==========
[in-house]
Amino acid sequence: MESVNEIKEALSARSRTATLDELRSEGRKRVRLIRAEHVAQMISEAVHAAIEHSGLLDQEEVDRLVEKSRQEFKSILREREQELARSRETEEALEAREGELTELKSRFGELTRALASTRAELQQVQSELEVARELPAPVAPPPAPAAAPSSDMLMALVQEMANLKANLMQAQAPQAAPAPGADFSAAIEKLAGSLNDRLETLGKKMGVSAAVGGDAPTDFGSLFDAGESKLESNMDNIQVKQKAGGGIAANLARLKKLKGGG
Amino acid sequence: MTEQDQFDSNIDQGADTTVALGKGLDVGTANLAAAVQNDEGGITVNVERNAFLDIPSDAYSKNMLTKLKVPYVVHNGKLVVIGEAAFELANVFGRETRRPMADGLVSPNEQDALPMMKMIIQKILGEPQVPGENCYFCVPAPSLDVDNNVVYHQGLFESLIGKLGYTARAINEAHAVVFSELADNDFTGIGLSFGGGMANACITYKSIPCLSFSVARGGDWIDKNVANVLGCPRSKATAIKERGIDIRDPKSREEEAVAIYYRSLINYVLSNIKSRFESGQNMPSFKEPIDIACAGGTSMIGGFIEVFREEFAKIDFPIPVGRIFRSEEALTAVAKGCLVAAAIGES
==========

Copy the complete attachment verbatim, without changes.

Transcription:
[in-house]
Amino acid sequence: MESVNEIKEALSARSRTATLDELRSEGRKRVRLIRAEHVAQMISEAVHAAIEHSGLLDQEEVDRLVEKSRQEFKSILREREQELARSRETEEALEAREGELTELKSRFGELTRALASTRAELQQVQSELEVARELPAPVAPPPAPAAAPSSDMLMALVQEMANLKANLMQAQAPQAAPAPGADFSAAIEKLAGSLNDRLETLGKKMGVSAAVGGDAPTDFGSLFDAGESKLESNMDNIQVKQKAGGGIAANLARLKKLKGGG
Amino acid sequence: MTEQDQFDSNIDQGADTTVALGKGLDVGTANLAAAVQNDEGGITVNVERNAFLDIPSDAYSKNMLTKLKVPYVVHNGKLVVIGEAAFELANVFGRETRRPMADGLVSPNEQDALPMMKMIIQKILGEPQVPGENCYFCVPAPSLDVDNNVVYHQGLFESLIGKLGYTARAINEAHAVVFSELADNDFTGIGLSFGGGMANACITYKSIPCLSFSVARGGDWIDKNVANVLGCPRSKATAIKERGIDIRDPKSREEEAVAIYYRSLINYVLSNIKSRFESGQNMPSFKEPIDIACAGGTSMIGGFIEVFREEFAKIDFPIPVGRIFRSEEALTAVAKGCLVAAAIGES